The Eclipse was beautiful!

The time at full was extraordinary.

Here, it was raining.

Bummer, although we need rain.

It looked great on the NASA feed. We had 75% coverage above the 45th parallel, plus it was cloudy. April 8, 2024, is the next full solar eclipse.

The weird part for us was that in the middle of the afternoon in a busy neighborhood, there wasn’t a sound and the temp dropped 10 deg.

Sure was beautiful. I was at a friend’s house who happens to live on centerline in Missouri.

Spectacular! I was lucky enough to see a total eclipse here in SC in 1970. I didn’t think I would be lucky enough to see another, but was really excited when I realized over a year ago that it would pass over our house. It met all our expectations. Totallity happens very fast as the last bit of sun is hidden. We had bats flying and Lighting bugs flashing. Such a Cosmic Coincidence to have the moon and sun to match so well as to reveal the crown around the sun.
The red spot to the left is a plane flying by.

Notice the star in the photo

We set up a telescope to watch the shadow move across the sun

Before and after shots

Crescent Shadows dancing

Yeah man! I visited your neck of the woods just to see it. Spent the weekend in Greenville. It was perfect.

Rex, I bet getting home wasn’t very quick for you. A friend from Asheville drove to Clingmans Dome to see it.
Took him 6 hours to get home.
Took us about a minute to put the chairs back in the garage.

Full is nothing like partial. I can see why so many people traveled so far to see it. It was amazing!

And God made the two great lights—the greater light to rule the day and the lesser light to rule the night—and the stars.
Gen 1:16

Castoff, thanks for making and posting those fantastic photos! I knew about the dancing crescents between leaves but had never seen them like what you show. Wow!

Here in SW CO, we had only partial coverage, but I decided it would make a pleasant time to go for a walk because temps would drop, and they did. Very, very comfortable for walking in, like autumn, Also more than a little frightening, as I thought, “So this is what life would be like with a smaller sun.”

The effect is weird in another way: The drop in temps and reduction of daylight felt like when a thick cloud layer obscures the sun. Yet the sharpness of my shadow was as distinct as if the sun had nothing covering it. Eerie.

When the 2023 annular eclipse occurs, we will be in the right location to see it. I am NOT going to wait in line for eclipse viewing glasses on that date. Gonna make sure to get a pair well beforehand.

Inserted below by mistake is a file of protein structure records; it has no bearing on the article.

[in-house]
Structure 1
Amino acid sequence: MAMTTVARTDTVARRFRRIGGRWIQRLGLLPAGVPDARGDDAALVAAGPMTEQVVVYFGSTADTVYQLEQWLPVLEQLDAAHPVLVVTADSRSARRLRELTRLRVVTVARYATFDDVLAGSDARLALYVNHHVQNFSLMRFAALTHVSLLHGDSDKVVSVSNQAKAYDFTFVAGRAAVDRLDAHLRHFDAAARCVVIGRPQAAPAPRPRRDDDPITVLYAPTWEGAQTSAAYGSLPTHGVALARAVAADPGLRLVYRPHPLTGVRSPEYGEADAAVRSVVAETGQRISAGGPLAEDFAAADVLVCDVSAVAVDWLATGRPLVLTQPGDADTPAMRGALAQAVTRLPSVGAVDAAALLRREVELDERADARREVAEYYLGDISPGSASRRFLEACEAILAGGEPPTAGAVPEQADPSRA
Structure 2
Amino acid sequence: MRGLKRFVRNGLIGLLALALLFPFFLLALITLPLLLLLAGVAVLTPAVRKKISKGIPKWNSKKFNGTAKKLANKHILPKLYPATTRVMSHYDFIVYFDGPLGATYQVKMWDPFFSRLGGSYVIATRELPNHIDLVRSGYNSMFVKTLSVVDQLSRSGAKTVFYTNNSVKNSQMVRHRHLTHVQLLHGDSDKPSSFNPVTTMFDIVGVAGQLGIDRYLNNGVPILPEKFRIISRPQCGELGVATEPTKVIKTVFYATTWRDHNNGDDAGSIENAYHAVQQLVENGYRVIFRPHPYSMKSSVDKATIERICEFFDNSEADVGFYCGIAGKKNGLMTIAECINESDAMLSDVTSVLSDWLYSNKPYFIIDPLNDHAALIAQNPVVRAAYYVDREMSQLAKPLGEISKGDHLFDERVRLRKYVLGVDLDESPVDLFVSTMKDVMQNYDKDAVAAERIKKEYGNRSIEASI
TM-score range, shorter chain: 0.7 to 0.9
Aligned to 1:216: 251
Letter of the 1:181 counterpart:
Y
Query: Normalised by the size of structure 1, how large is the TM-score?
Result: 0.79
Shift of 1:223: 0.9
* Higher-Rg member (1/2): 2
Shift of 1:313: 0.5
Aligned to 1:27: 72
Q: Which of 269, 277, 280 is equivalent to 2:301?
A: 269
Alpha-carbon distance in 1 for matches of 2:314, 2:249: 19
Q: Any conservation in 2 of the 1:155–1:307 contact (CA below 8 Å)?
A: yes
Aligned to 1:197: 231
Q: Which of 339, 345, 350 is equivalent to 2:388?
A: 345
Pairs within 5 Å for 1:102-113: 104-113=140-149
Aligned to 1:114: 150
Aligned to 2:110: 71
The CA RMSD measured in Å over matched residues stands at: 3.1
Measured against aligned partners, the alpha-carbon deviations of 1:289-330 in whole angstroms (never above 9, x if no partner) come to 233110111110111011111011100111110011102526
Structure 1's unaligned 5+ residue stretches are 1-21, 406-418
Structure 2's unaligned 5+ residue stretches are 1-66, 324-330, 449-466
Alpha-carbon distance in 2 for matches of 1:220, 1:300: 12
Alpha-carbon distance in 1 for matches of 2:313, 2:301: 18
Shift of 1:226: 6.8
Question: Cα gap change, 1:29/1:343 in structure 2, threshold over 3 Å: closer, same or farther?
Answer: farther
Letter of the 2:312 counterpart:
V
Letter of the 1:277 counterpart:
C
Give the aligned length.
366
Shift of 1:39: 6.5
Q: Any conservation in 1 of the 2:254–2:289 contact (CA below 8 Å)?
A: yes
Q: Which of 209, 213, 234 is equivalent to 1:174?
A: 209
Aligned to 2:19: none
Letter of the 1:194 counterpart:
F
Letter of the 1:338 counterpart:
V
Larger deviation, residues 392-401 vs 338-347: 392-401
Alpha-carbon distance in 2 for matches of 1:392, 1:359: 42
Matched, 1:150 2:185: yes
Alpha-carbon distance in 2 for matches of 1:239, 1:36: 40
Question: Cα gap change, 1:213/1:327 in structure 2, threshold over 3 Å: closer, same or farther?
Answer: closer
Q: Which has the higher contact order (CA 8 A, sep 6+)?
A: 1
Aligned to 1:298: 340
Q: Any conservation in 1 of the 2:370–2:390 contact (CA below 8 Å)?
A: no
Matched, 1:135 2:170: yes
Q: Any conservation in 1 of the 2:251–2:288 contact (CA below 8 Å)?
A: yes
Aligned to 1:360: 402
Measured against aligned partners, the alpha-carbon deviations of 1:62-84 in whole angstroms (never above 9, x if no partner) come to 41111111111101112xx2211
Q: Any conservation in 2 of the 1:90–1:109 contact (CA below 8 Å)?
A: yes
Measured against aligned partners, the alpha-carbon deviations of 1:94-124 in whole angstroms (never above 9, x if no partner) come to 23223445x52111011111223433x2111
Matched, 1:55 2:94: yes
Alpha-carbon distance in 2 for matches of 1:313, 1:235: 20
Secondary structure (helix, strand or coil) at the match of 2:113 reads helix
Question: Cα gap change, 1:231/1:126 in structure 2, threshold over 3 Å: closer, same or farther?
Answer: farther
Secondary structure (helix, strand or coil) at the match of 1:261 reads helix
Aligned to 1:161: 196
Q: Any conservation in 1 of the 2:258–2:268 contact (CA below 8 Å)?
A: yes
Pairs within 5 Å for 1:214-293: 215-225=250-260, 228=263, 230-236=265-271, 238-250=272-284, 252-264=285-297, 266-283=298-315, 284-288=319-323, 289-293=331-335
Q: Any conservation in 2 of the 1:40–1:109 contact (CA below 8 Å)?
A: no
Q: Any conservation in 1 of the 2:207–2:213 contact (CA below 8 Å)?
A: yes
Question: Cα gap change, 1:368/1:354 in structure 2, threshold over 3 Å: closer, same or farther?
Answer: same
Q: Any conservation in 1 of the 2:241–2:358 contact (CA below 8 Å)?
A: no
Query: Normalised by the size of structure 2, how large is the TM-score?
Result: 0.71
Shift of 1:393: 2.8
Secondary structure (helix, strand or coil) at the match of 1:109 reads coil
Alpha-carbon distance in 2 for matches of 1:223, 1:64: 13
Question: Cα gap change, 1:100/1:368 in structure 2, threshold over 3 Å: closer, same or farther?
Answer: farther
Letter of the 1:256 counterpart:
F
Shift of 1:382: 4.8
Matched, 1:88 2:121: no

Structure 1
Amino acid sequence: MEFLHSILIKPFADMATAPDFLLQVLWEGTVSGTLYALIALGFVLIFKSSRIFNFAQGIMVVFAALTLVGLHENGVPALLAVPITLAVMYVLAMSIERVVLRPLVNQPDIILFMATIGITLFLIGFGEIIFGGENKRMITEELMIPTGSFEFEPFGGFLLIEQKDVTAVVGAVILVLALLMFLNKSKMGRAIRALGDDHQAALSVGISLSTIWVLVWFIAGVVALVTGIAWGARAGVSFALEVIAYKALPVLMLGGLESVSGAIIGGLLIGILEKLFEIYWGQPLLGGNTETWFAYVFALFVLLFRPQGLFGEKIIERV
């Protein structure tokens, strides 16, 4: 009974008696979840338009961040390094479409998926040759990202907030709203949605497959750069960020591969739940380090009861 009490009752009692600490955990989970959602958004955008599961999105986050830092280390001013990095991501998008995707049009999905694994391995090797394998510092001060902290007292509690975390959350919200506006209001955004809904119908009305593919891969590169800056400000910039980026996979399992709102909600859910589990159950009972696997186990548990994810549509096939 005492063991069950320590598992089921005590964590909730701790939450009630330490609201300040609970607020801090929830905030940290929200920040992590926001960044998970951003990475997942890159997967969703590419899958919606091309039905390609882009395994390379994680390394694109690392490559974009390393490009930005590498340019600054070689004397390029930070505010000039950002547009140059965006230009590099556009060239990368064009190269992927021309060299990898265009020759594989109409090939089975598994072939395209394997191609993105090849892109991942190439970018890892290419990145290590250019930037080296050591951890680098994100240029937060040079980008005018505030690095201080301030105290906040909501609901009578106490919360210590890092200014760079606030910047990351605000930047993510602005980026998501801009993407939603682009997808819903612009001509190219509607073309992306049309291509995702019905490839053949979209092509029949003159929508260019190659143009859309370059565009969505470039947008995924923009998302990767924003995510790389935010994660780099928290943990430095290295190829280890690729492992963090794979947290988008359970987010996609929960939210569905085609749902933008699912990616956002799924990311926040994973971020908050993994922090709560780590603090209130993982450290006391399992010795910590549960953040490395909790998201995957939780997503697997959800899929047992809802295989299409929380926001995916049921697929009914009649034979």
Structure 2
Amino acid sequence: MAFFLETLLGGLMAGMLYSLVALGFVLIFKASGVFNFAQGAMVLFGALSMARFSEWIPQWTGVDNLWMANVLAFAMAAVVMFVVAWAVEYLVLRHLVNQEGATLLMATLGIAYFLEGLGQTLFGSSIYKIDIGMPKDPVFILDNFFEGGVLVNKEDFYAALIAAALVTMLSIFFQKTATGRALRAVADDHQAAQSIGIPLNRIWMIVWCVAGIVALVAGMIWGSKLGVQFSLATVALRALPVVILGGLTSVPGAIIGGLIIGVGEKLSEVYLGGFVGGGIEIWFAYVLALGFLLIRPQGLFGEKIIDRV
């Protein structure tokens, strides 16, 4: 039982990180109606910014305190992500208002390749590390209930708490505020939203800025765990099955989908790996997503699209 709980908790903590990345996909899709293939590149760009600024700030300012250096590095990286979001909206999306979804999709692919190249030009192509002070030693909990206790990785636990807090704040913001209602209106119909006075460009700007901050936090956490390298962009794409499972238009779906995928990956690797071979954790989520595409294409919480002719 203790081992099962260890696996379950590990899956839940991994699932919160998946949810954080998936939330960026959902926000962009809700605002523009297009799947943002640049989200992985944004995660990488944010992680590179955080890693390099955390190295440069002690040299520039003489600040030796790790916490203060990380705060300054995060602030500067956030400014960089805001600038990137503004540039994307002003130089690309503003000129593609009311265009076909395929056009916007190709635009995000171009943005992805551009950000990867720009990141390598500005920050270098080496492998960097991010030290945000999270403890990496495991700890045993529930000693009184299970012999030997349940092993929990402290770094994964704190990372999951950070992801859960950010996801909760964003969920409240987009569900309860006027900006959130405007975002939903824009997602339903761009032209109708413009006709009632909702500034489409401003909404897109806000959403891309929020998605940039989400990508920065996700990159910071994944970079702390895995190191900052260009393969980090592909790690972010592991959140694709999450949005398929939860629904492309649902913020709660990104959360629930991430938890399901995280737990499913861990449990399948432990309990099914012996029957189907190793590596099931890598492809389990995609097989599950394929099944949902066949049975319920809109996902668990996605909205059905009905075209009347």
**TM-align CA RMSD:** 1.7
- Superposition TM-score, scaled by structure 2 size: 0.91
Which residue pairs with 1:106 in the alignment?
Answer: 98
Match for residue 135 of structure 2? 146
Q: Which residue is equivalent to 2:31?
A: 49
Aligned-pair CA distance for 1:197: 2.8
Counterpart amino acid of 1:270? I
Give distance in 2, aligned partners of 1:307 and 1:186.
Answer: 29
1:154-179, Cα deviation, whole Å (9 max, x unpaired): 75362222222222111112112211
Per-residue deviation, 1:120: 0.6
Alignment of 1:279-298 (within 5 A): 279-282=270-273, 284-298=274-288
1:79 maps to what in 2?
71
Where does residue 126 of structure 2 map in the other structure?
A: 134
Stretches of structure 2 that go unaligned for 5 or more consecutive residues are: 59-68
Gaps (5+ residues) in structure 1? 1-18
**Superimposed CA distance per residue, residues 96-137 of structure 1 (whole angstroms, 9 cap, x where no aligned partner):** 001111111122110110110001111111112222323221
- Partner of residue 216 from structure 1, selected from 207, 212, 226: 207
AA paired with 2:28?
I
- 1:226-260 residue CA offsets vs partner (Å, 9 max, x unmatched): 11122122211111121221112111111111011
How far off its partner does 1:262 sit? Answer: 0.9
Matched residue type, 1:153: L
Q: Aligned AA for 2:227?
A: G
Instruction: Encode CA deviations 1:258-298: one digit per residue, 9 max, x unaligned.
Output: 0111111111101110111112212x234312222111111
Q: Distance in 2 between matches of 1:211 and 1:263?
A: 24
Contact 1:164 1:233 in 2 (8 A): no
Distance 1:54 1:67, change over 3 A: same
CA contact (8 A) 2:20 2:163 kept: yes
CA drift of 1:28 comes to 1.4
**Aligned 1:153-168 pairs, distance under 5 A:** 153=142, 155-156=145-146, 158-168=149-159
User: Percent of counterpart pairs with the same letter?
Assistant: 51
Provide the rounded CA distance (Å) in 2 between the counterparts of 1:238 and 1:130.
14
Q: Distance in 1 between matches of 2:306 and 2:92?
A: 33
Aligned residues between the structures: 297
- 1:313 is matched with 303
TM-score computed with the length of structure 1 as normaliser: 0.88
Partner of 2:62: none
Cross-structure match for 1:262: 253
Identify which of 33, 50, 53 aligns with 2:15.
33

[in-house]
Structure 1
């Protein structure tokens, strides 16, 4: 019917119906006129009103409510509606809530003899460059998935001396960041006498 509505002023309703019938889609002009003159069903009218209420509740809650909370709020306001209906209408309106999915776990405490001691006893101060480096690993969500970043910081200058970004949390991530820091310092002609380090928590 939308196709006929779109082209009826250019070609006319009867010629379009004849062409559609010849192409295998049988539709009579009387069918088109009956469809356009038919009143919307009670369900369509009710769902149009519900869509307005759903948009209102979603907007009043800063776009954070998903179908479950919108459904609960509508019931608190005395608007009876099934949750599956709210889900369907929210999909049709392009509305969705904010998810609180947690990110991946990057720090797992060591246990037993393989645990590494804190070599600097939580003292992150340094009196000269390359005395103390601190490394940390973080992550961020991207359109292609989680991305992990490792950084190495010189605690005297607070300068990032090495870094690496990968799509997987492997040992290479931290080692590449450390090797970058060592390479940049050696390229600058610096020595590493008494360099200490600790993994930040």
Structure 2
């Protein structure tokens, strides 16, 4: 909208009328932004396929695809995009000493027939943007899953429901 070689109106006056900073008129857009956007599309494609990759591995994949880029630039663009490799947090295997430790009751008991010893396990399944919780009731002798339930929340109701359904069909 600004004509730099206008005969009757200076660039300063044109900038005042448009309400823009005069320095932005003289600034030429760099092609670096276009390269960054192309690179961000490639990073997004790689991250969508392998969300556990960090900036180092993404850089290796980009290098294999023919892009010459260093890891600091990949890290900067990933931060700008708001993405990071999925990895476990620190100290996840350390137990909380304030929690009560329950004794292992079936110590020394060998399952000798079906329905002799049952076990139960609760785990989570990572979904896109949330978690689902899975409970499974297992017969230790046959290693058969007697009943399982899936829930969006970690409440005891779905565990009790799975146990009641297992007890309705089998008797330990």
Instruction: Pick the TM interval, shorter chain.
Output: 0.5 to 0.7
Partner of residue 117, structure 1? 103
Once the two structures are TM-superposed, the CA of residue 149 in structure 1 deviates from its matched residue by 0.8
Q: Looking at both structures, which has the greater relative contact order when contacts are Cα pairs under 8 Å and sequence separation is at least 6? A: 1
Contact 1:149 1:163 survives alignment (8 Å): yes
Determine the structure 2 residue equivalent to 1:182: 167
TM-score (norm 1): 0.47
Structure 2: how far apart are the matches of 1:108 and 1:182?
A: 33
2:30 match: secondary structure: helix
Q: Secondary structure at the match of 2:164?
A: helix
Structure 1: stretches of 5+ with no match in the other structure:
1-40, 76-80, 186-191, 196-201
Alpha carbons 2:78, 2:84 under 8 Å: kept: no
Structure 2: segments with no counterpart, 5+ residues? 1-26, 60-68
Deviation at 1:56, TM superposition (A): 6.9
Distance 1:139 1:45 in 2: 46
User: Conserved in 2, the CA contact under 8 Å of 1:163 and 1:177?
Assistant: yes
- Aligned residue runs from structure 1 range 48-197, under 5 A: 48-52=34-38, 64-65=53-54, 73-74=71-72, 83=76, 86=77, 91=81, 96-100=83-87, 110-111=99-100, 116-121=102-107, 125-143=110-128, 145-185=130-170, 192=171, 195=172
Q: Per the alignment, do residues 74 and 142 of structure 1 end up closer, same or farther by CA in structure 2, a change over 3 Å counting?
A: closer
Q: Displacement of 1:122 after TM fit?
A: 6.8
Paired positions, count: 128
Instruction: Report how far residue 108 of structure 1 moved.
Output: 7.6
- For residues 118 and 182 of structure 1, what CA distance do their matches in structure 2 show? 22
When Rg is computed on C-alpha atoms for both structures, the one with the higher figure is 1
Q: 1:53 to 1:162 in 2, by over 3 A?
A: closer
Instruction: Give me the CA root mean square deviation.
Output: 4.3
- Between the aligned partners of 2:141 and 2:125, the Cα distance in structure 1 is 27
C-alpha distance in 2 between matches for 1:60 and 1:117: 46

No total eclipse here, and it was cloudy, but I’ll echo the “eerie” comment. I’m not sure how much coverage we had here. If I had to guess, I’d say maybe it was about 80 percent. Glancing up at the overcast sky, the sun really looked the same as always on a day having thin cloud cover - just a big hazy round spot that was far too bright to look at. But I brought a welding helmet with me, and when looking through that, the detail was clear. The sun looked like a crescent moon. And yes, things got darker, as if it were well on toward evening on such a semi-cloudy day, with all colors looking the same, and shadows on the ground being distinct, yet everything just seeming to be dim - much like in a school or college gymnasium with the lights freshly turned on and still “running cold” so not producing much light. It reminded me of the visual effect I saw in a crappy B-rated sci-fi movie not long ago, where some folks were stuck on a foreign planet and the lighting was much different than that which we know. It was a subtle yet stunning difference.

@string said:
Rex, I bet getting home wasn’t very quick for you. A friend from Asheville drove to Clingmans Dome to see it.

Clingman’s Dome…that’s where you hike up a steep hill and climb the ramp to the observation tower and look at the pictures on the railing of what you’d see if it wasn’t clouded in. Did he actually see it or was it fogged in?

Hey String, traffic wasn’t an issue other than the regular construction slowdowns. My wife and I spent Monday night in Greenville for that very reason. Had a fantastic meal post-eclipse at Tupelo Honey Cafe.

My wife and are up kayaking in St. Margaret’s Bay, Nova Scotia for a couple of weeks but at least it was sunny for the eclipse. Up here there was only about a 10% “bite” out of the sun but it was still very cool to see it.

It was an amazing day. I watched everything as it came across the US on the NASA television broadcast and a bit on the Science channel. NASA showed about 8+ views starting on the coast of Oregon and tracked the route to Charleston, SC. Here in Anderson, SC we had cloud cover with a break in the clouds as the full eclipse took place when I ran out to watch and then back in to the TV. Amazing.

I enjoyed seeing the photos above. My wife took three shots through the open clouds.


One Too Many Coronas, Eh?

The eclipse was beautiful!
The eclipse was beautiful!
String’s two suns were spotted.
Raisie Cain if Abel
spotlight the fable
'fore primetime show was slotted.

Thence tilted heads
squinted their dread
camera obscura “CHEESE!”
“Sol our loon, arggh!”
skied pirate’s scar
shadowed my photic sneeze.

Clingmans Dome was clear, I’m told.
And, although it was a mistake, it was worth posting twice.

Yes indeed!

Someday eclipse
cross sun shall tripse
whenst comet threads in sky,
and lightning streaks
braid mountain peaks
with not one cloud to eye,

the tapestry
rolled out thenst flooring men,
some rose past fear
to greet grandeur,
“Say! Do THAT, again!”